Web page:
Corvus Energy: Electrifying the maritime industry

0
542

Norway-based manufacturer to open Bellingham facility

The maritime industry has historically been a vital part of our regional economy. So, it makes sense that Corvus Energy, a Norway-based manufacturer of zero-emissions maritime battery technology, would choose Bellingham for its new U.S. manufacturing facility.

On June 1, 2022, Corvus Energy began modifications to its new facility, located at 300 Harris Ave. in Fairhaven, for which it has a three-year lease with the Port of Bellingham.
As a leading supplier of battery energy storage systems for marine applications, Corvus is poised for rapid growth as the marine industry accelerates its adoption of decarbonization technology to meet global targets for the reduction of greenhouse gas emissions.

The journey to Bellingham
It was about three years ago that the Port of Bellingham’s director of economic development, Don Goldberg, took a business trip to Norway to learn about the future of the marine industry.

“Norway probably leads the world in maritime technology,” Goldberg explained. “Clearly, it has the most electrified and hybrid vessels in the world.”
In fact, this relatively small nation was the first to produce an all-electric, zero-emissions vessel, a car ferry, in 2014. Today, Norway operates close to 40% of the world’s battery-powered ships.

Goldberg’s trip was organized by the Washington State Department of Commerce and Washington Maritime Blue, a member-based nonprofit based in Seattle focused on growing maritime business and technology in our state while simultaneously keeping sustainability and oceans in mind.

Goldberg toured Corvus Energy’s new facility during his trip, but he wasn’t exactly new to the concept of hybrid vessels. The port already leases property to All American Marine, a leading manufacturer of vessels with hybrid-electric propulsion systems.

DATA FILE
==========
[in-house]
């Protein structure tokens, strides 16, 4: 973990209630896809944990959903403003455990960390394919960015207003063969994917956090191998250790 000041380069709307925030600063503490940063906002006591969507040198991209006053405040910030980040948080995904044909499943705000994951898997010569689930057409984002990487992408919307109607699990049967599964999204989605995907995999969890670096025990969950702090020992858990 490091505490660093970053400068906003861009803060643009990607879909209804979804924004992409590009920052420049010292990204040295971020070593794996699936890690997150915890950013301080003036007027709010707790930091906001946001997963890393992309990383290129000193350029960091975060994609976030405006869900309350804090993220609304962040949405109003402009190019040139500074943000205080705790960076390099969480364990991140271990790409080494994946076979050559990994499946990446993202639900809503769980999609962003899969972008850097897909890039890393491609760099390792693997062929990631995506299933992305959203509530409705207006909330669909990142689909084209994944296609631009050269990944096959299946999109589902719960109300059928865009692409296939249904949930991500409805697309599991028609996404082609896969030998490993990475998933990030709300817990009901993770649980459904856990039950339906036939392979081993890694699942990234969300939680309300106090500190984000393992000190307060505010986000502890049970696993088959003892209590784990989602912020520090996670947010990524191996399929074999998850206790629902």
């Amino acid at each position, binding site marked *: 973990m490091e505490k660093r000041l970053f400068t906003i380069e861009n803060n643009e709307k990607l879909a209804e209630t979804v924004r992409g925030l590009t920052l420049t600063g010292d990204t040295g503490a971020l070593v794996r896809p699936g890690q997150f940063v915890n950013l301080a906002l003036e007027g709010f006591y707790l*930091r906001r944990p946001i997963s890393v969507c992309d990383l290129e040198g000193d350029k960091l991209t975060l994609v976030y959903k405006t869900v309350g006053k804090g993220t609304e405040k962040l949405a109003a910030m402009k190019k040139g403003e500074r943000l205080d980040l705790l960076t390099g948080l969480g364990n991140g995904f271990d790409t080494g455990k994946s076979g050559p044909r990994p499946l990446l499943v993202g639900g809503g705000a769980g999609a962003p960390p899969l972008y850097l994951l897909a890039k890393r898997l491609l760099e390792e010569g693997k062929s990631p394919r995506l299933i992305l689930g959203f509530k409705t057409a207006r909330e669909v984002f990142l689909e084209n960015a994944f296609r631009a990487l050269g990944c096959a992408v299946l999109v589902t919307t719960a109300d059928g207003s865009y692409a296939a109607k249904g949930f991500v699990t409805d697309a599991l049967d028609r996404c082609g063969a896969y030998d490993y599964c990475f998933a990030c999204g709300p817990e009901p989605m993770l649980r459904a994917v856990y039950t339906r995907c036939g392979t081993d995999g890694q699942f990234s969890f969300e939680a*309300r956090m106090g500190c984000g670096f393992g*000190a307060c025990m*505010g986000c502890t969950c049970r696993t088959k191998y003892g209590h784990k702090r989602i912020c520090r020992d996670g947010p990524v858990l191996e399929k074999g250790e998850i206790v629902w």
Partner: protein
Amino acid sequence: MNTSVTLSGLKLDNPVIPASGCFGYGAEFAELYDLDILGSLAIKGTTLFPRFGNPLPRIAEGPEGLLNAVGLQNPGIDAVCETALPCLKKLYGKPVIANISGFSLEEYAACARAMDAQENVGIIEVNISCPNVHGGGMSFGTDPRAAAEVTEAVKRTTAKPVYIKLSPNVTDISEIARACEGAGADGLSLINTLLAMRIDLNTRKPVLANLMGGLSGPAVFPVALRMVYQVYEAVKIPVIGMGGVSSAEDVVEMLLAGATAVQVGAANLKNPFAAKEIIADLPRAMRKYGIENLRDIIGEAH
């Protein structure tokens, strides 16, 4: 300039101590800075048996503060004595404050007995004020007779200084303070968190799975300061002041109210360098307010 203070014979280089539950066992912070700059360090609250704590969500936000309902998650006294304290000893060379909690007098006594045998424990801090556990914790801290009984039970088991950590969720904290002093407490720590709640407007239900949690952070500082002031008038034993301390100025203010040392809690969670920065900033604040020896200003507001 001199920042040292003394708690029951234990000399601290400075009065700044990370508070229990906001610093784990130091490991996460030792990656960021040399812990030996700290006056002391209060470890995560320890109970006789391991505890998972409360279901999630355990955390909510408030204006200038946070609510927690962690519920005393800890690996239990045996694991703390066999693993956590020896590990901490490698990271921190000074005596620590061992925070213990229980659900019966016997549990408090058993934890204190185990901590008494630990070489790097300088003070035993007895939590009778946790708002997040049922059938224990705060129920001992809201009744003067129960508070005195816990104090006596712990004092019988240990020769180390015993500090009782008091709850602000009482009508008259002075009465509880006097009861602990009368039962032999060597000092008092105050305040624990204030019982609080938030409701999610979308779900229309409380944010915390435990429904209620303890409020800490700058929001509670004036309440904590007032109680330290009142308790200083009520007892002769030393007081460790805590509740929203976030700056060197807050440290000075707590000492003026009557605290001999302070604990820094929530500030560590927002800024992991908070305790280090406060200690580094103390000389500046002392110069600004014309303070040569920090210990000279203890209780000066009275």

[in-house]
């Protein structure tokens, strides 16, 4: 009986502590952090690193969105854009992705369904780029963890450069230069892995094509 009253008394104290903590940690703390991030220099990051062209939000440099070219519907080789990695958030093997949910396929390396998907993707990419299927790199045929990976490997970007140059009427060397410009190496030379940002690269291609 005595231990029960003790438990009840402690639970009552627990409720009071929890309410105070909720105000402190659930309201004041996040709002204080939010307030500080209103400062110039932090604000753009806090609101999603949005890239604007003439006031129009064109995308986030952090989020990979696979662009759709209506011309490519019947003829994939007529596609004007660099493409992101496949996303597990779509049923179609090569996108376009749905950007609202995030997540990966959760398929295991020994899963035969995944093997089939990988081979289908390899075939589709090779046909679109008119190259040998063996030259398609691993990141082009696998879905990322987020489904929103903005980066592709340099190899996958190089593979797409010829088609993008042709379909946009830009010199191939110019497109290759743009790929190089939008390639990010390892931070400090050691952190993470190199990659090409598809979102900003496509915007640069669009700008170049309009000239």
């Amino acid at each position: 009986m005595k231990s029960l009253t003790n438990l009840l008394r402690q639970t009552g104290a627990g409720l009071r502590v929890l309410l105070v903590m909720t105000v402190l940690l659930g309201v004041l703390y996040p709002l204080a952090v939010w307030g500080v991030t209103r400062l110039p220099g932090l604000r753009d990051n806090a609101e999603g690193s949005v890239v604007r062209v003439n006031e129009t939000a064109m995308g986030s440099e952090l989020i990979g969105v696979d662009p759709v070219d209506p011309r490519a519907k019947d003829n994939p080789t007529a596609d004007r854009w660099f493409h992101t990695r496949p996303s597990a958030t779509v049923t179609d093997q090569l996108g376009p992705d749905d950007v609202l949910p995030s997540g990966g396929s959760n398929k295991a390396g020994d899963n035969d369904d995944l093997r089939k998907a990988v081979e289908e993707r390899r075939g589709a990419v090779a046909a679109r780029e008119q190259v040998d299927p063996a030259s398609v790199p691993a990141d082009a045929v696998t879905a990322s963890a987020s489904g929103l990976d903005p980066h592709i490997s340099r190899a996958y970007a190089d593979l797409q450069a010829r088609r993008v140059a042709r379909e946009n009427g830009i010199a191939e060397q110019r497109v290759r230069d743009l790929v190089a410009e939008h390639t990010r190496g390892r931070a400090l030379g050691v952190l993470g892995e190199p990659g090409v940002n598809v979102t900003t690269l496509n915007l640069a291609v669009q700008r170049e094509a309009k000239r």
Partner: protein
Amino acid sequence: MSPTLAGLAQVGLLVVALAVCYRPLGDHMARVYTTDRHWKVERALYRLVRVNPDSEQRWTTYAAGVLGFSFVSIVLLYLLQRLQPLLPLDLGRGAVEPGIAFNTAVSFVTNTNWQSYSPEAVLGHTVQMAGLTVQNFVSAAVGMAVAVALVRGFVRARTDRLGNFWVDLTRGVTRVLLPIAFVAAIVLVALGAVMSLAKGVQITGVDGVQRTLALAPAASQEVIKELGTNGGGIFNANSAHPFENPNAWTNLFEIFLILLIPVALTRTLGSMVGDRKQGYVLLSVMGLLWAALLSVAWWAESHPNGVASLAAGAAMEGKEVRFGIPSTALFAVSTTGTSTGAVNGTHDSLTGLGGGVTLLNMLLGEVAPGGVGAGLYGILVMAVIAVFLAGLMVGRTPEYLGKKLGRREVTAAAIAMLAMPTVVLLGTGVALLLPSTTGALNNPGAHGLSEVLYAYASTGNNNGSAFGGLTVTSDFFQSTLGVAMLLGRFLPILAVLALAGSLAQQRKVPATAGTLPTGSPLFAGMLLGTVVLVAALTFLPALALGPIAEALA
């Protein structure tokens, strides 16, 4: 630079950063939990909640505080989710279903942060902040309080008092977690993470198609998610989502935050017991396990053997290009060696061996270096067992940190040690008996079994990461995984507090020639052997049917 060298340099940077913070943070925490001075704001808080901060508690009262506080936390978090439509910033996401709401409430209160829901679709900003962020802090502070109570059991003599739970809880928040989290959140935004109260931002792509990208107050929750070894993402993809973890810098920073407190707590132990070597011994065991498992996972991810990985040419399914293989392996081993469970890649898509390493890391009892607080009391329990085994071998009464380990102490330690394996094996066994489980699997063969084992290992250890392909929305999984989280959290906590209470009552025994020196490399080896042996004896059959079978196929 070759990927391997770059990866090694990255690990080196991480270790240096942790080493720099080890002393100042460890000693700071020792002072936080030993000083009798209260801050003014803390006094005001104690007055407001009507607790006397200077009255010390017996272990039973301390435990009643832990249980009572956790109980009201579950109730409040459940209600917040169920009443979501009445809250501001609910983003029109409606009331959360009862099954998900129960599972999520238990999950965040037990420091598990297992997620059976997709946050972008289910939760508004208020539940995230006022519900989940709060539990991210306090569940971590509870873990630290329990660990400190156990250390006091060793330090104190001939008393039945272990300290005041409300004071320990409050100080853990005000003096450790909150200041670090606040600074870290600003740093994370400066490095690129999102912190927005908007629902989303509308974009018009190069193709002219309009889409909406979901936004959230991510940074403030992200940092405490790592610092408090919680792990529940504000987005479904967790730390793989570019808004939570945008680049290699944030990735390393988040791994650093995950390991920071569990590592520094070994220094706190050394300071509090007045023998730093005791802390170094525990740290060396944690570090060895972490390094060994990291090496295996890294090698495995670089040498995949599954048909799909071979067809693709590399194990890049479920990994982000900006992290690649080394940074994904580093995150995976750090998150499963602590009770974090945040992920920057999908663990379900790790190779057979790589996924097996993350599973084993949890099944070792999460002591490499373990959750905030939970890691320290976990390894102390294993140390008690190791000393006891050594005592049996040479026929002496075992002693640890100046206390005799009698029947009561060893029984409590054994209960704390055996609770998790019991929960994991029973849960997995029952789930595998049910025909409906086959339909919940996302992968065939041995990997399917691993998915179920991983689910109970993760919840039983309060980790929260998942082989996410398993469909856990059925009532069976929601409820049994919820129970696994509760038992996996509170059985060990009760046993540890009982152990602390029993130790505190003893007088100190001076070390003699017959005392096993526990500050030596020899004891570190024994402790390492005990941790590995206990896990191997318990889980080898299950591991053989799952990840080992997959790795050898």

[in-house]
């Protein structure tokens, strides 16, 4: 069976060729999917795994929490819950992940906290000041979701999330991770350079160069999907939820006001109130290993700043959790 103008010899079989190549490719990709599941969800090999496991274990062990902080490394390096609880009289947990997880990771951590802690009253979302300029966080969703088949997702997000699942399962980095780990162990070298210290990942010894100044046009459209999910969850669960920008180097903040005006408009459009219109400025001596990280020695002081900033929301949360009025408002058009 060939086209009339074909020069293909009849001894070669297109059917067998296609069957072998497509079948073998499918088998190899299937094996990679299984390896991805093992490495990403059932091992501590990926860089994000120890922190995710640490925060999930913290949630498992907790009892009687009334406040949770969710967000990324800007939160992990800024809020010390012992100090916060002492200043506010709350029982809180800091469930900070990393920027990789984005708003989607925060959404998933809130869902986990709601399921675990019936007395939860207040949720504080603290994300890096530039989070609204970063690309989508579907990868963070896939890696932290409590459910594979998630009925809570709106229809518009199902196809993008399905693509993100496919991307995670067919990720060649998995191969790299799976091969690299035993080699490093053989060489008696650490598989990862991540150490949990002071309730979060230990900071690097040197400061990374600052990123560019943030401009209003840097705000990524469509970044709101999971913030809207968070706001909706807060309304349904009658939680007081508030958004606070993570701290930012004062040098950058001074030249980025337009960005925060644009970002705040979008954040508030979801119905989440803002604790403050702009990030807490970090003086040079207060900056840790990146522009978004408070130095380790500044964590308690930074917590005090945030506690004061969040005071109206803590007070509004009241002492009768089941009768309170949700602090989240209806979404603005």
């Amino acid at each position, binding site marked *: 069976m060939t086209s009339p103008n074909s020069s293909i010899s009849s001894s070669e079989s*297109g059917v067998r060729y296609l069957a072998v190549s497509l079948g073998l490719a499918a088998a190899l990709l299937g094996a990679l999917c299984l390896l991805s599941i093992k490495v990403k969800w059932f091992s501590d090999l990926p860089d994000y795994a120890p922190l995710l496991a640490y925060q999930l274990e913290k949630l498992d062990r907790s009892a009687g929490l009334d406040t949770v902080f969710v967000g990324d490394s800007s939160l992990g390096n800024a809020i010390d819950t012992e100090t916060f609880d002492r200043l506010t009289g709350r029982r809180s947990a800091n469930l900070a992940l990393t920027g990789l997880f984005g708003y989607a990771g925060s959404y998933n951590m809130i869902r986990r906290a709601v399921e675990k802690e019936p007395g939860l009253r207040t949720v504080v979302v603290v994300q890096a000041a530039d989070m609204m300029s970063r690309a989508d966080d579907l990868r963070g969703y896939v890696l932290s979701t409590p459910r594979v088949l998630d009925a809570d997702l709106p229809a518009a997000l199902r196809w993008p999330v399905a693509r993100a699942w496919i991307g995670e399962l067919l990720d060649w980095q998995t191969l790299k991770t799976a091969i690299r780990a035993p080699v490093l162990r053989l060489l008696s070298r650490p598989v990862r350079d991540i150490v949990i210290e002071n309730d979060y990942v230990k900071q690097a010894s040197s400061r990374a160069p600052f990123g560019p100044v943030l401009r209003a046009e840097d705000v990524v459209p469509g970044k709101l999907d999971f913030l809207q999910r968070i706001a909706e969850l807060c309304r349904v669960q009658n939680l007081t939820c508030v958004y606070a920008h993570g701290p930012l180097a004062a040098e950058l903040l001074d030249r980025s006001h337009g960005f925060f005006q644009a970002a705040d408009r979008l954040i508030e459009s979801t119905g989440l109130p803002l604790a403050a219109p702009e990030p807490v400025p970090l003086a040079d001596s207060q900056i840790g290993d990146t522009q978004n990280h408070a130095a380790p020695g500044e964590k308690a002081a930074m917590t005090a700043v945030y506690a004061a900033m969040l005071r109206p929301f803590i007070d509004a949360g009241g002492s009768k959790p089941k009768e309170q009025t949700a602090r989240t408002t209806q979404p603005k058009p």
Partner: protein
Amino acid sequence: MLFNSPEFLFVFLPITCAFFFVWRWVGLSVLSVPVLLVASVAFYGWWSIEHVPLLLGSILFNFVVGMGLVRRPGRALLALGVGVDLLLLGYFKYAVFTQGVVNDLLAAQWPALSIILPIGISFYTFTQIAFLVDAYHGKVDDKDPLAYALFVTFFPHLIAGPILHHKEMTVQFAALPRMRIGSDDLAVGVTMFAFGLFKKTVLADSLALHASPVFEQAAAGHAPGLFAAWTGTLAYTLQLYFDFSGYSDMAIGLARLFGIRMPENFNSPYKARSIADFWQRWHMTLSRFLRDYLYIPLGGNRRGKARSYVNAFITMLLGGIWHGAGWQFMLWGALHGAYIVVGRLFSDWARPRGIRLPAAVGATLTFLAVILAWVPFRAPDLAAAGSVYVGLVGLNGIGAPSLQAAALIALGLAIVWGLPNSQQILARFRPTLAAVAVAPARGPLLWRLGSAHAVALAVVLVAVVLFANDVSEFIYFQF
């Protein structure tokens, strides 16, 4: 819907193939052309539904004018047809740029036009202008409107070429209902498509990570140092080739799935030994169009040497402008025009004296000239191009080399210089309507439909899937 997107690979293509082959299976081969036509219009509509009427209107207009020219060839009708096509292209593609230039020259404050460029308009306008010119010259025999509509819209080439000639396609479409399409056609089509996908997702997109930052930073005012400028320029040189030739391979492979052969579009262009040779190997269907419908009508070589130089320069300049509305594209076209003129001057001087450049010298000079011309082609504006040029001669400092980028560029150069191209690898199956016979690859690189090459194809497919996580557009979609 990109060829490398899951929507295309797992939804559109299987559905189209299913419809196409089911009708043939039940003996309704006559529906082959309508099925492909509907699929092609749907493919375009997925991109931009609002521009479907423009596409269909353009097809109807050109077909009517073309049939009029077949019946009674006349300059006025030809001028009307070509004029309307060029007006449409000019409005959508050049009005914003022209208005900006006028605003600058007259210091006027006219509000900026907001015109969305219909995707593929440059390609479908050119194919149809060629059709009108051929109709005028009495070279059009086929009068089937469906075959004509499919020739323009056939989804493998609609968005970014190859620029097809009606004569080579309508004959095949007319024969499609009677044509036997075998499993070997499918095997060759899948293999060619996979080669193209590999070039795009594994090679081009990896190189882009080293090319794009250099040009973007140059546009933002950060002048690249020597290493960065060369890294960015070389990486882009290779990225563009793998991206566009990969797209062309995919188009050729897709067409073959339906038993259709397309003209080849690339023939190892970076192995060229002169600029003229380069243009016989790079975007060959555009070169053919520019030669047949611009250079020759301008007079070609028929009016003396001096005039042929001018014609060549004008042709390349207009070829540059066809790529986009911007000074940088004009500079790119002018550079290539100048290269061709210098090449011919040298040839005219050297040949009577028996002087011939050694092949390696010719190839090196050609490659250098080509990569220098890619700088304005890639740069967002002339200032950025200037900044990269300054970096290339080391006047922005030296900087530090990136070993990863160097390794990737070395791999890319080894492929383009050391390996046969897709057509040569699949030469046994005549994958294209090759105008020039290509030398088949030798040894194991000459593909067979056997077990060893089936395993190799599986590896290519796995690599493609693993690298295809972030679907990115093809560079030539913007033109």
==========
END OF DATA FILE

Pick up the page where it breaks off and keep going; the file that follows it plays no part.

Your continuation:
“They just built and launched the first hydrogen ferry in the world here about a month ago,” Goldberg said. “My interests in Norway were to potentially recruit companies that would want to bring their technologies to the U.S. to take our maritime industry into that next generation. Part of that is electrification.”

Goldberg and Corvus kept in touch during the pandemic. It was about six months ago that the Fairhaven facility became available, so Goldberg reached out. Corvus considered multiple locations in Washington state and Texas.

“Besides offering them the perfect building, we’re also very close to their facility in Richmond, British Columbia,” Goldberg said. “But we also sold them on the fact that about half the ports in the United States are located in Washington. We’re also one of the biggest international trading states, and we have the biggest fleet of ferries in the country. So, it made a lot of sense for them to be here.”

“We’re also here because the governor of Washington state is very supportive of green technology,” said Mariella Deltcheva, Corvus Energy interim chief operating officer and plant manager.

Although Corvus is planning for extensive sales efforts in Texas, the company wanted its manufacturing efforts to remain near its existing research and development facility in Richmond, just a 45-minute drive for senior staff.

Corvus Energy got its start in 2009, when an automotive battery expert and a naval architect began working on a plan to make hybrid ships in a Richmond garage. By 2011, Corvus had accomplished its first marine installation, a hybrid tug. The world’s first hybrid offshore support vessel followed in 2012, and then the first hybrid thousand-passenger ferry in 2013. After the company accomplished the first hybrid fishing vessel in 2015, growth skyrocketed. Because Nordic countries are ahead of the United States and Canada in the adoption of maritime hybrid technology, Corvus’ headquarters expanded to Norway in 2015.

Corvus would like to see a similar expansion here in the U.S. Its new manufacturing facility will enable Corvus to compete for and sell products to the federal government in compliance with the Buy America program.

“We also are looking at expanding into the Asian market,” Deltcheva added. “Having a location on the West Coast that we can ship from is a benefit. Also, some of our raw materials come from Asia, so this location is good for logistics.”

A tremendous amount of collaboration has gone in to getting the company here.